“A section of dark suit, white shirt and black knitted tie completed the picture.” (Chapter 6)
A short and basic description of James Bond’s usual wardrobe does little to colour the character. Fleming paints a more detailed pictured of Donovan ‘Red’ Grant’s clothes, along with Bond’s thoughts on them:
“The man had taken off his macintosh. He was wearing an old reddish-brown tweed coat with his flannel trousers, a pale yellow Viyella summer shirt, and the dark blue and maroon zig-zagged tie of the Royal Artillery. It was tied with a Windsor knot. Bond mistrusted anyone who tied his tie with a Windsor knot. It showed too much vanity. It was often the mark of a cad.” (Chapter 25)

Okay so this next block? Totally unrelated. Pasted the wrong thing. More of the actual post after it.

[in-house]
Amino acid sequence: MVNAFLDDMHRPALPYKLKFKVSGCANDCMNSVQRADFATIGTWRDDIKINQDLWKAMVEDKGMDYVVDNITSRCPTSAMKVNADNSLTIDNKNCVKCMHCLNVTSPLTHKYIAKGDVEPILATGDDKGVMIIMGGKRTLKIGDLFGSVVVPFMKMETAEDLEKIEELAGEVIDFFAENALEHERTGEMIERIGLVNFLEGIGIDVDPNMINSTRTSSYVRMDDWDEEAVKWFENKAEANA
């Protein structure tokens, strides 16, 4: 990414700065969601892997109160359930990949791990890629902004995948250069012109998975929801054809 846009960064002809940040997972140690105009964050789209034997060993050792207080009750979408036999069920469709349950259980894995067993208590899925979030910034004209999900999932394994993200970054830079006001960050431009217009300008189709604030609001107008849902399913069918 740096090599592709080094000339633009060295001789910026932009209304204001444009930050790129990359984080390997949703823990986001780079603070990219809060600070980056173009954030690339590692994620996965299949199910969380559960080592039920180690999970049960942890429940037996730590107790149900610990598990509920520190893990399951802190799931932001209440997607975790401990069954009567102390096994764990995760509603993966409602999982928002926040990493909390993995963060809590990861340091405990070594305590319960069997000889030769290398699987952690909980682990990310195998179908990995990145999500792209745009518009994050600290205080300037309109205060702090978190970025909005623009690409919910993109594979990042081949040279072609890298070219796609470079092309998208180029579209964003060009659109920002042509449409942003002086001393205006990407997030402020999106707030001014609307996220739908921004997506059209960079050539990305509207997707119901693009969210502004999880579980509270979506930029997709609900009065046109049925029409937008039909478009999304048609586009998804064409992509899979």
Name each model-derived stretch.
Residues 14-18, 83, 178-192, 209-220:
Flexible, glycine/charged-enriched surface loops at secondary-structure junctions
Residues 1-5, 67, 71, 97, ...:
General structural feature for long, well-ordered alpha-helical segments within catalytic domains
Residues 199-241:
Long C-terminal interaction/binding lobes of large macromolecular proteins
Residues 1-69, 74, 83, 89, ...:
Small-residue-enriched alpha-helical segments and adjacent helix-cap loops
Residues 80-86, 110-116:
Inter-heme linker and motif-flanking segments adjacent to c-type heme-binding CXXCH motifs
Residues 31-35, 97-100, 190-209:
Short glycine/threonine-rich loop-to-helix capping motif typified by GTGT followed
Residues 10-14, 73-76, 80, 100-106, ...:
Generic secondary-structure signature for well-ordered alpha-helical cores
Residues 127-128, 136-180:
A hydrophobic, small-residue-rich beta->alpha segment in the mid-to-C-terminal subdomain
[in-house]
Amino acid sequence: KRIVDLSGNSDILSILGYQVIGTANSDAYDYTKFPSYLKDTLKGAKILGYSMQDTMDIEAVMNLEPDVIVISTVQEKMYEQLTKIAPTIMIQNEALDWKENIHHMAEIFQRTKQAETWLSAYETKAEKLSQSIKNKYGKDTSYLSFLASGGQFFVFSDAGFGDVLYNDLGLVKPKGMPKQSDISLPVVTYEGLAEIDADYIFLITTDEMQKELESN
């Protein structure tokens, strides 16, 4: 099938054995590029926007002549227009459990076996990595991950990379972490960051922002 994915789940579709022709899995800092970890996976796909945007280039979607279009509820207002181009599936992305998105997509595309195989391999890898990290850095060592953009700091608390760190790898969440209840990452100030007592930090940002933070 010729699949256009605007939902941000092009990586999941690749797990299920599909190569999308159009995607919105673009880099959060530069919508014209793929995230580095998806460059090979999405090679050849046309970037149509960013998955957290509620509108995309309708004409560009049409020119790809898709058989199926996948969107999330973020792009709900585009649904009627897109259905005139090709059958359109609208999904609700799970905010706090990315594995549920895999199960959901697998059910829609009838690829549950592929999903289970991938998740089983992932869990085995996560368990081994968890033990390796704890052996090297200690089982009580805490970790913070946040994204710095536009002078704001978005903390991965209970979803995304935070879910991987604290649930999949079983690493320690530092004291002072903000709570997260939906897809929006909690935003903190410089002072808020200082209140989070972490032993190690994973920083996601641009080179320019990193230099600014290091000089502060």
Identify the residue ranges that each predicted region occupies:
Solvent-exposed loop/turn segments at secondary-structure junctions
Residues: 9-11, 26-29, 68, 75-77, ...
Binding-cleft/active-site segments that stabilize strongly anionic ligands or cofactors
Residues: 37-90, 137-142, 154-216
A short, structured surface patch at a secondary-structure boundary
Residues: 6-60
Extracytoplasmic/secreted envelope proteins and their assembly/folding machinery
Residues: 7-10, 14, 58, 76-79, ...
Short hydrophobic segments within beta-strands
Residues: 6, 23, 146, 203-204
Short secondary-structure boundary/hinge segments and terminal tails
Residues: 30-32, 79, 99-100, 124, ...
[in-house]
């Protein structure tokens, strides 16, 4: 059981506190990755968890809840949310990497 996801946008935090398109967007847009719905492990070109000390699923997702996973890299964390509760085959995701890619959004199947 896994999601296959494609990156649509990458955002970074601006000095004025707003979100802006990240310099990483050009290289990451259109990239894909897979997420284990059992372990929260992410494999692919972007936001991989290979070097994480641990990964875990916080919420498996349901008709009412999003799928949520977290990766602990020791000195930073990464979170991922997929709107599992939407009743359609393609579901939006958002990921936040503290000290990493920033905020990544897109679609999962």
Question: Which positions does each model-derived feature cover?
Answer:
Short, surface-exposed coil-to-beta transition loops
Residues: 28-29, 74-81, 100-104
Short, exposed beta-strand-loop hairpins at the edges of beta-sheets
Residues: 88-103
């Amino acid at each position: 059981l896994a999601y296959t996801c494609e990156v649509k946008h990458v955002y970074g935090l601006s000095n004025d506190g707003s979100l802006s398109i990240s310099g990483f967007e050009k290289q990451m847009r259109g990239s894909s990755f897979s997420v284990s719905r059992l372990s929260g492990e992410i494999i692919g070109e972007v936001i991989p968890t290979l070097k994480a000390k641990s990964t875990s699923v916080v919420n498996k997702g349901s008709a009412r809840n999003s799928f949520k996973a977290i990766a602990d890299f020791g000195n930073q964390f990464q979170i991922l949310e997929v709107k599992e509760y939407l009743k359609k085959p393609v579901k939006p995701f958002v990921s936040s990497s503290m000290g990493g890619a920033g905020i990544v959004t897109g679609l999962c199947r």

From Russia With Love is where Fleming writes his famous remark about the Windsor knot. Why are Windsor knots so bad? Compared to the standard four-in-hand knot, they are too big and too symmetrical. As a result they appear ostentatious.
In the films Bond typically ties a four-in-hand knot, though he uses the Windsor knot in Dr. No, On Her Majesty’s Secret Service, and Diamonds Are Forever.